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„Desert Bloom“ received renowned Karl-Sczuka-Preis for Radio Art

Yesterday the German sound artist Christina Kubisch, the producer and composer Peter Kutin and the musician and sound engineer Florian Kindlinger, both Austrian, received the renowned Karl-Sczuka Preis für Hörspiel als Radiokunst at the Donaueschingen Festival. Their radioplay Desert Bloom, which was produced only in English, is an intriguing portrait of the city Las Vegas, of its shiny, gloomy and fake promises of quick wealth – and of  its dark, disturbing sides as well.

 

This city portrait is mainly told by the means of electric static, by noises that the human ear normally cant’t perceive. Christina Kubisch is well-known for developing her very special head phones which make it possible to discover the un-hearable side of modern cities and environments in the context of her performances and so-called Electrical Walks.

img_2057Being a great fan of Christina Kubisch’s work I of course went to the arward ceremony. Asked how she came up with the idea if portraiing Las Vegas this way, Christina Kubuch just replied: „Oh, I married there once.“ Listening to Desert Bloom I venture to say: It was definitely worth it…. Congratulations to all the artists!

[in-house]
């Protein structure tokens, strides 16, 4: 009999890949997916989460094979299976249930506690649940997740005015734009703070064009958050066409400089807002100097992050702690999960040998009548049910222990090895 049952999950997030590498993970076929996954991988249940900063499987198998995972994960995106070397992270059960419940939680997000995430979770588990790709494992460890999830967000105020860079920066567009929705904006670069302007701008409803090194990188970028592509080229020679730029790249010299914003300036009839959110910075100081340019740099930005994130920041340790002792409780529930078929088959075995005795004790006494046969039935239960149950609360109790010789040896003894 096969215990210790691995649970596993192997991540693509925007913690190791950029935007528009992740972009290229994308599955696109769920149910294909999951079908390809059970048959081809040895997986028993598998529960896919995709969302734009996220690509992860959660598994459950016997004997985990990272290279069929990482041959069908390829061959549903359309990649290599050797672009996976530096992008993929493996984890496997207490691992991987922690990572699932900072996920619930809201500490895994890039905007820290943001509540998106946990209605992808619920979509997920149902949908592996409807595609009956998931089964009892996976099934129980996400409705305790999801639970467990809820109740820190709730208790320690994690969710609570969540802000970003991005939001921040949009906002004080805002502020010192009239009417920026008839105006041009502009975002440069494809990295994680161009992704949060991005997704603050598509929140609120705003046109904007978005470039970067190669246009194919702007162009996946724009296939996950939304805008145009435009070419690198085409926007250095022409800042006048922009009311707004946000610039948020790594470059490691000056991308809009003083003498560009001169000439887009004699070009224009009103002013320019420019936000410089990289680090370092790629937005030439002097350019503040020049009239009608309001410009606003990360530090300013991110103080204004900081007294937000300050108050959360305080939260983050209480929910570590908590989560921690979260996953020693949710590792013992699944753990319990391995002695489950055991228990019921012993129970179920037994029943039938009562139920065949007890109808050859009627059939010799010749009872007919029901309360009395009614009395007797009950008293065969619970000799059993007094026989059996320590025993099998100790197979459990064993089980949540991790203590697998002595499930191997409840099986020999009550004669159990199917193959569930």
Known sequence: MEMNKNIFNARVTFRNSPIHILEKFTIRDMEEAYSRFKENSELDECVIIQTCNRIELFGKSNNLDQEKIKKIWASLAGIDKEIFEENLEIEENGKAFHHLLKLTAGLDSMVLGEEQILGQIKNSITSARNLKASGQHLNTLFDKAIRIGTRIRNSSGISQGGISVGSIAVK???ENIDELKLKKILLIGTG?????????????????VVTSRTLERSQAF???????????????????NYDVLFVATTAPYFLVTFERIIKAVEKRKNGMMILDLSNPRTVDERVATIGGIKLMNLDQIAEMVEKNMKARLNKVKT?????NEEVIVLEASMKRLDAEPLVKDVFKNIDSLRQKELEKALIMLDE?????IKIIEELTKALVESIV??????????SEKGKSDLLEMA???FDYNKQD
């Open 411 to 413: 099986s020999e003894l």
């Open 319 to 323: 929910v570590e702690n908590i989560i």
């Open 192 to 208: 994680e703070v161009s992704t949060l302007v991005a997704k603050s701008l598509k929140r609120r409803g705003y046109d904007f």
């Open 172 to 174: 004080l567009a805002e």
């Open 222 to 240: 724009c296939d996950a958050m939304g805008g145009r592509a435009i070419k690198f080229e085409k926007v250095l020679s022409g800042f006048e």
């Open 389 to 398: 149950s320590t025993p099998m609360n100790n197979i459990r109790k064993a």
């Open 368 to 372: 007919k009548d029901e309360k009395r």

Okwui Enwezor on „Aesthetics & Postcolonialism“

Before I left the drama department of Bayern2 Radio for working at the University of Basel and starting my PhD, I had the great pleasure to interview Okwui Enwezor, who had just become the director of Haus der Kunst in Munich. Tonight the interview from 2011 with interesting insights on growing up in Nigeria, being a young black man in the New York art scene in the 1980s and many more will be broadcast again. You can listen to the pocast here. (All dubbed in German)

Okwui Enwezor, director of Haus der Kunst in Munich, Germany. Foto: Andreas Gebert

Okwui Enwezor, director of Haus der Kunst in Munich, Germany. Foto: Andreas Gebert

80 Years Living Legend: Happy Birthday, Bazon Brock!

Birthday boy takes a nap.

Birthday boy takes a nap.

Today Bazon Brock turns 80. Being an unique mixture of an artist and an polymath, Bazon Brock studied with Theordor W. Adorno, helped to bring Fluxus to Germany in the 1960th and was a close collaborator of Joseph Beuys and Wolf Vostell. Brock is emeritus Professor of Aesthetics and Cultural Education at the Bergische Universität in Wuppertal, Germany.  He developed the method of “Action Teaching”, in which the seminar hall becomes a place for staging oneself and others. From 1968 until 1992 he launched the documenta-schools for visitors. As „Bazon“ is the Greek word for a talkative person, Bazon Brock developed talking and the mediation of art to an art form, always driven by on the one hand his fury against Hitlerism, which he suffered severely of as a child, being a refugee at the end of the Second World War from the east, and on the other hand by his euphoria to be alive.